cruising guide for north east caribbean - SailNet Community
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post #1 of 6 Old 02-15-2013 Thread Starter
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cruising guide for north east caribbean

We have just purchased a powercatf in USVG and wish to take it from there to Florida where we will then have it shipped to Australia.

We are having difficulty finding cruising guides that we can purchase that will assist us on our voyage.

We are planning the trip for April to go via Puerto Rico, Dom. republic, Turks and the Bahamas, with minimal stops.

Any assistance on where to get advice for this would be fantastic. Tony and Jean
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post #2 of 6 Old 02-15-2013
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Re: cruising guide for north east caribbean

You want the Gentleman's Guide to Passages South by Bruce van Sant.

It covers the area you are discussing.

It is principally aimed at those going from Florida TO the USVI but works fine in the other direction.
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post #3 of 6 Old 02-16-2013
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The Explorer charts to the Bahamas are terrific and also will do for cruising guides as well. Other than that, the van Sant book is decent.

Back home on Lake Ontario after something over 36,000 nm circumnavigator. Not surprisingly there is a lot of stuff I want to get done on Ainia both cosmetically and functionally. Getting an early start so it will be ready to go for next summer (Lake Superior?).
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post #4 of 6 Old 02-16-2013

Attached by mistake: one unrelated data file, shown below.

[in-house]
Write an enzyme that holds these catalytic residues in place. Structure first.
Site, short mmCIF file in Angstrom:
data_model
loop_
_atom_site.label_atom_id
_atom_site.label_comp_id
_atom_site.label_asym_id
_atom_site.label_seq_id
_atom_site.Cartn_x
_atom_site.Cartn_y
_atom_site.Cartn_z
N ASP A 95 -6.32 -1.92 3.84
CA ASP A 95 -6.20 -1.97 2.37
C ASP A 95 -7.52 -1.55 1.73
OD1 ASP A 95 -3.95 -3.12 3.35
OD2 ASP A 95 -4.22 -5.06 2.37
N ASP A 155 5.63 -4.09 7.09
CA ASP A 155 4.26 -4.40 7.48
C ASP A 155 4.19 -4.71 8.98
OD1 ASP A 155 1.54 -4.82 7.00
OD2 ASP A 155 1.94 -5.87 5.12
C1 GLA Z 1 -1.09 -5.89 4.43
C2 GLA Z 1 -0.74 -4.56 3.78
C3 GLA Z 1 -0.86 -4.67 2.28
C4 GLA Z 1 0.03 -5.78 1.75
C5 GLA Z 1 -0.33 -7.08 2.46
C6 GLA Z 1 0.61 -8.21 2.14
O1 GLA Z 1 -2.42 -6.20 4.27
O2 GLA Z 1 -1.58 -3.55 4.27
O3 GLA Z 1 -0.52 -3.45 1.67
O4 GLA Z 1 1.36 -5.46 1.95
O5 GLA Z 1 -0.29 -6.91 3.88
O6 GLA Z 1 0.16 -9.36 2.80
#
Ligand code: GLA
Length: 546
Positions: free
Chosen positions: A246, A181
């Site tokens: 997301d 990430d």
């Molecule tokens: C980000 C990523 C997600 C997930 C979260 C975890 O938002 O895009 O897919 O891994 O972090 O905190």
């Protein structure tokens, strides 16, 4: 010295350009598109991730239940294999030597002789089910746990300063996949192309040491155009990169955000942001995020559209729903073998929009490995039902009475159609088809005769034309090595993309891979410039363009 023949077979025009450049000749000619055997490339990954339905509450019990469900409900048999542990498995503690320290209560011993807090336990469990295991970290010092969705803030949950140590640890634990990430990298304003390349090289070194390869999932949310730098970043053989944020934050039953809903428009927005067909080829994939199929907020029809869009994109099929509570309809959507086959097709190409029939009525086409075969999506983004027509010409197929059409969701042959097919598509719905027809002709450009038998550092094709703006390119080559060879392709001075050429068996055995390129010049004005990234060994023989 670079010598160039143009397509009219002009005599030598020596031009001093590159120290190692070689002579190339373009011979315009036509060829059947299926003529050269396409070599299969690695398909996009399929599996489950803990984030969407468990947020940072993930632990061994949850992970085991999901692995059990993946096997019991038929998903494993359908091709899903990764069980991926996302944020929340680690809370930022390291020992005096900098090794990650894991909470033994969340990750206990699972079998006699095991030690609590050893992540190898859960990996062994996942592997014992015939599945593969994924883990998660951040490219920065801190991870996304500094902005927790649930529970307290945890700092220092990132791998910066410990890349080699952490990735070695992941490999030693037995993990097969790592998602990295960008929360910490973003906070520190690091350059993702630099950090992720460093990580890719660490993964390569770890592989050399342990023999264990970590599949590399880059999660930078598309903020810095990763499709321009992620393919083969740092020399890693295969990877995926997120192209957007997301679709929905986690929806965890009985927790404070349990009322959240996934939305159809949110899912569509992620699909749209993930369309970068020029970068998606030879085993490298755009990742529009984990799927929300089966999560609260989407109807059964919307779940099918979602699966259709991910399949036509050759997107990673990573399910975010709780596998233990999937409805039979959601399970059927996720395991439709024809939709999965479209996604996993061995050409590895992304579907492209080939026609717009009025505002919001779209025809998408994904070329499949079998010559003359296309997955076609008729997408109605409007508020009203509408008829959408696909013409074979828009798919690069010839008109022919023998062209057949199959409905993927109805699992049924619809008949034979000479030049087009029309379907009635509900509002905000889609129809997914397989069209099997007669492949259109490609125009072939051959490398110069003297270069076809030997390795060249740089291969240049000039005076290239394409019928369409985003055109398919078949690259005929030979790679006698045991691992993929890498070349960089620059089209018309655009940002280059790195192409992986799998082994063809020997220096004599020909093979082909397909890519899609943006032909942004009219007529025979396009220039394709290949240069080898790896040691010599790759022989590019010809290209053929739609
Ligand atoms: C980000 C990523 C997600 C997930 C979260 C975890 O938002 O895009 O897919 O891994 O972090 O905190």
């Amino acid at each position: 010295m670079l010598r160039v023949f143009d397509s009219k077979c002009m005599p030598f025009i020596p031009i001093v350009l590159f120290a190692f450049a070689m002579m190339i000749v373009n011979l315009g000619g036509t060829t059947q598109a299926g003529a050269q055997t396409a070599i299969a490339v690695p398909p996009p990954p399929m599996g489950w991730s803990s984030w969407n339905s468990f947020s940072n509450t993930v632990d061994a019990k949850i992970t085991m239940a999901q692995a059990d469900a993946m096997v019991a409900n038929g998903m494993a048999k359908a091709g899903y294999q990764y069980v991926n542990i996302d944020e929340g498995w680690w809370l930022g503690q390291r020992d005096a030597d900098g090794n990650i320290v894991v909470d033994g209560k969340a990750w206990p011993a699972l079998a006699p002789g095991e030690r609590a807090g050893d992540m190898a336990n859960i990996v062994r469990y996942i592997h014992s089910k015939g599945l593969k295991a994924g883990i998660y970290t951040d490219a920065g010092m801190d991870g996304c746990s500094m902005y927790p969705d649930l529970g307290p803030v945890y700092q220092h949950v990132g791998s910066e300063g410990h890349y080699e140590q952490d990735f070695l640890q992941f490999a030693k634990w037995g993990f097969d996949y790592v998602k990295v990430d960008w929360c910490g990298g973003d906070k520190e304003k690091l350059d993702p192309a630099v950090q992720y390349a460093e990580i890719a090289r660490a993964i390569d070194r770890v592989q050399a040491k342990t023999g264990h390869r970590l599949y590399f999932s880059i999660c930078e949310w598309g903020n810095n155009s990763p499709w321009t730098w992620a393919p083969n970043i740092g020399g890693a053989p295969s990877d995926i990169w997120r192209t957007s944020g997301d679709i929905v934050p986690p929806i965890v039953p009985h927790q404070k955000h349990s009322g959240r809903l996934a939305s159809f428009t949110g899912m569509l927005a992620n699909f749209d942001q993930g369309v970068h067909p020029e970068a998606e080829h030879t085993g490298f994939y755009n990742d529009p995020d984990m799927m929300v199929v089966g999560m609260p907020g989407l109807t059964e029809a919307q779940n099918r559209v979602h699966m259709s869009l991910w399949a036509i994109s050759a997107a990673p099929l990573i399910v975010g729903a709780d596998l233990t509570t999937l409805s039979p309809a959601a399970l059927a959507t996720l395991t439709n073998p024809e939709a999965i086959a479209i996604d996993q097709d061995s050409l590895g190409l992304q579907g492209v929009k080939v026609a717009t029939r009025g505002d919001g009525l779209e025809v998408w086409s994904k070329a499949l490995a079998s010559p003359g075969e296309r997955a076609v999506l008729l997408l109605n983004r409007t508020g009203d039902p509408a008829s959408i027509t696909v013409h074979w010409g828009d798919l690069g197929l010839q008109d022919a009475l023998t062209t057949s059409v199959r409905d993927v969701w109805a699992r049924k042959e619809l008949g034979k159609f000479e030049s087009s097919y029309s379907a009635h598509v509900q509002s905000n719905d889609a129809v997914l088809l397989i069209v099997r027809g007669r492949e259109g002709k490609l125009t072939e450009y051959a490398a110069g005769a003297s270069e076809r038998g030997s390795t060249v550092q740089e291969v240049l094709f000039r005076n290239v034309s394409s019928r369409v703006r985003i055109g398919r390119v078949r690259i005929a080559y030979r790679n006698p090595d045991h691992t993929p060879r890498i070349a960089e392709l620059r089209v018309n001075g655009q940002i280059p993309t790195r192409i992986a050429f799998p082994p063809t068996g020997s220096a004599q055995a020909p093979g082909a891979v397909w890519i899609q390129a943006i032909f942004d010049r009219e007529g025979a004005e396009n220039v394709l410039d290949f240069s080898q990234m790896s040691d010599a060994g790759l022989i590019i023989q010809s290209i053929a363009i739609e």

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Re: cruising guide for north east caribbean

You won't need much in terms of guides until you get to the T & C's and Bahamas as there aren't many places to stop along that route in a power boat. Save your money for good charts which you can find in the VI to get you to PR and then, once in San Juan you can buy what you need to get to and through the Bahamas. Your best bet for paper charts are the chart books -- you'll need to by several for the Bahamas and T&C. A few good paper charts will get you from the VI to the Dom Rep.

From the VI your first stop with fuel might be in or around Fajardo on the eastern side of PR. There are several marinas there -- see http://www.noonsite.com/Countries/PuertoRico/Fajardo for a listing. Alternatively, if you have a good day (not much swell) and can make some speed, San Juan is only 65-70 nm from St. Thomas, so you might consider doing that in one hop. Stay a mile or two offshore and be sure to drag a fishing line. The waters just off SJ are some of the best in the world for sport fishing. I've caught fish both times I've make the trip from Culebra to SJ.

San Juan is the best place to stop on the north coast of PR and in SJ one of the better places to tie up and refuel is Club Nautico Club Nautico de San Juan - 80 years of Tradition and Commitment to Puerto Rico No need for a guide here as the dockmaster can tell you anything you want to know. Call ahead for a dock reservation as they don't have many transit slips. If they can't accomodate you there's another marina across the channel from Club Nautico.